Giving Back – Why Foundations Are Key to Community Development
There are many ways to give back, and we must find a way that fits our ideals and lifestyle. We must also encourage our family and friends to support community organizations.
Foundations are Key to Community Development
Community foundations like those established by Ehsan Bayat are a special force that can help shape local opportunity structures, allowing nonprofits to serve their communities better. They also have a long-term commitment to assisting local nonprofits in building leadership and infrastructure and a willingness to take risks that the government might not.
They can catalyze various activities, including creating community development strategies and building the capacity for community leaders to identify and address critical issues in their regions. Giving back can be as simple as volunteering your time or as grand as financially supporting a cause you believe in. Understanding what drives you to give and finding a way to connect your passions to a need in your community is essential.
They Help Build Community
Community foundations are grantmaking public charities that focus on improving life in a specific geographic area. They connect people of all kinds to resources that can improve their community through various programs, including donor-advised funds, endowments, field of interest funds, and giving circles.
To build a more just, equitable, and inclusive society, philanthropy must move beyond traditional grants and find new ways to finance community development. This includes investing in equity and incorporating more risk-tolerant financing like longer-term loans and forgivable products. This also requires foundations to support collaboration and partnership between community organizations, residents, and community development practitioners.
They Help Build Capacity
Community foundations provide donors with ways to achieve their philanthropic goals and make a difference in their local communities. Their expertise in understanding the complexities and unique opportunities that shape their communities helps them create community investment solutions that meet the needs of their donors, their community stakeholders, and their communities’ broader social and economic fabric.
Fortunately, many community foundations are responding to these accountability challenges by supporting capacity-building for their nonprofit grantees. While there is no one-size-fits-all solution, five elements can help foundations and their nonprofit grantees build capacity together.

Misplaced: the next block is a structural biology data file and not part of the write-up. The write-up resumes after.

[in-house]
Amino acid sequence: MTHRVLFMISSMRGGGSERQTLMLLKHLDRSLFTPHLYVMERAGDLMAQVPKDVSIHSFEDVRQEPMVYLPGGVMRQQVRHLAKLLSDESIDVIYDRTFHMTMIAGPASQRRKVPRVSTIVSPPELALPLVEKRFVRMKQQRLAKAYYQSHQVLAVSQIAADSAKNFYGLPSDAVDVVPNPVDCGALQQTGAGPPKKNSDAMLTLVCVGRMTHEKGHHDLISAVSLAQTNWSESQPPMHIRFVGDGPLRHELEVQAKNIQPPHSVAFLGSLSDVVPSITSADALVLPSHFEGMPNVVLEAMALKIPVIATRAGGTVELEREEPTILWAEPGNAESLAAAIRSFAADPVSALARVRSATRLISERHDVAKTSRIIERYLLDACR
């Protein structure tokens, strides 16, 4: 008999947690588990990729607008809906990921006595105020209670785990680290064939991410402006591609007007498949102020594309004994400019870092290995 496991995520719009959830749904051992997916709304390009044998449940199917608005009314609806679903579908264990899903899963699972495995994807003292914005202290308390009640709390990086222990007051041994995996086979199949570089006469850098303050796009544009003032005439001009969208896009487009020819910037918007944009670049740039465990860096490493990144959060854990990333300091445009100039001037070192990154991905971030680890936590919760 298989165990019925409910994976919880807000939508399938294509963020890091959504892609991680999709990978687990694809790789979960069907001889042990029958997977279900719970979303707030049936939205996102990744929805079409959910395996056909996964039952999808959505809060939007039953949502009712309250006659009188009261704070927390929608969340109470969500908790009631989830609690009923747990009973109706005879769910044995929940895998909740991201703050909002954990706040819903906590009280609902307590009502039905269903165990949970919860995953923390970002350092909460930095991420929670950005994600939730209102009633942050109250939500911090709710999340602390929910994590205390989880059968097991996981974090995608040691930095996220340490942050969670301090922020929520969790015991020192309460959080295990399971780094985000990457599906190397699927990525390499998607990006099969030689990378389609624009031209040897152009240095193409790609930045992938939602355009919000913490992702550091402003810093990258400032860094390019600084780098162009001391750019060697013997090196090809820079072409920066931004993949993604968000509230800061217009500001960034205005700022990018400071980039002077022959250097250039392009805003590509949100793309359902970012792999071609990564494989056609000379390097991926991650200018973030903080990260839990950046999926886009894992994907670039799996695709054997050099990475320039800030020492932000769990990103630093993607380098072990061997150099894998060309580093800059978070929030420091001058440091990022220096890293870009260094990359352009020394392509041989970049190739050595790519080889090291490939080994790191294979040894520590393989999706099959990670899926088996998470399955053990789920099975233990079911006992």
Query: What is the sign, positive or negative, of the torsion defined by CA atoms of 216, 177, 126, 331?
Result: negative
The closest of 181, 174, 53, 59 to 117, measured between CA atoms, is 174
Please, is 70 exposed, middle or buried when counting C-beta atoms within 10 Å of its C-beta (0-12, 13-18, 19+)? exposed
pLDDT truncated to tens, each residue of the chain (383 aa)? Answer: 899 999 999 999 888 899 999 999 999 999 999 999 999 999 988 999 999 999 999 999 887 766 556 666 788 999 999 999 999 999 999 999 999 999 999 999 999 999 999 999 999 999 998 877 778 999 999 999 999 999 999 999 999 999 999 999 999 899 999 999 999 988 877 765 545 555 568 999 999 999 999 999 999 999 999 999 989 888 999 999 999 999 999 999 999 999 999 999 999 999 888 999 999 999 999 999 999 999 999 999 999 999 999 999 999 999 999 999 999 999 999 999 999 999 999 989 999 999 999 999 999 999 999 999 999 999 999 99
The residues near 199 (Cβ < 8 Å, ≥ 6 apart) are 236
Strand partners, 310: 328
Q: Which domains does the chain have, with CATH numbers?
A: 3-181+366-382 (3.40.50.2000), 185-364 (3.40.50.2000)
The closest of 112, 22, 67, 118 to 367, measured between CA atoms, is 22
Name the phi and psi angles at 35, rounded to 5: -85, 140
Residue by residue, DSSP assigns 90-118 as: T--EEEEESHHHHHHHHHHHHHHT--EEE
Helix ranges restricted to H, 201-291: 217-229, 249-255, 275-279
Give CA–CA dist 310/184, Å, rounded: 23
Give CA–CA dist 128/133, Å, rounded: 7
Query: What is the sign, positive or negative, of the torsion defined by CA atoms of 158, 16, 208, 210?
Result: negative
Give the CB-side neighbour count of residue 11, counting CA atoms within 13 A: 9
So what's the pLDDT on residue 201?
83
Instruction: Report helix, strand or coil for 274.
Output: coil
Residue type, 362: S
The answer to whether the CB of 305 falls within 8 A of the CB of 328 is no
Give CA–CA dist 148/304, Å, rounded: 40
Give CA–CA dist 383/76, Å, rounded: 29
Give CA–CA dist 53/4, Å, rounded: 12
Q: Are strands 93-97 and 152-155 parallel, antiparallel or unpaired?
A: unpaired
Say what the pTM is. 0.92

They Help Increased Community Awareness
An awareness campaign can significantly boost the success of an organization’s activities and fundraising events. This is because when people are more aware of your group’s work and how it directly impacts society, they are more likely to get involved in helping you achieve your goals.
Community foundations are public, philanthropic organizations that support communities in specific geographic areas by pooling donations and creating permanently endowed funds to address current and future community needs through nonprofit projects. They are a newer construct, but they are rapidly gaining popularity and recognition as the best way to facilitate and manage charitable giving.
Community foundations house a variety of grantmaking programs, including donor-advised funds, endowments, field-of-interest funds, and giving circles. Many funds are designated to fund a single organization or project, but donors can also choose to benefit multiple entities with a gift to the community foundation. This allows donors to express their deepest values while cultivating family traditions of philanthropy or honoring a loved one.
When businesses take the time to sponsor local events or organizations, they can create a bond with their community and also gain brand awareness. Whether supporting little league teams or contributing to national and international causes, businesses that give back are helping their communities in ways big and small.
Some community foundations act as conveners, bringing diverse stakeholders together to address local issues. They may also organize forums, workshops, or other events that foster collaboration and collective problem-solving.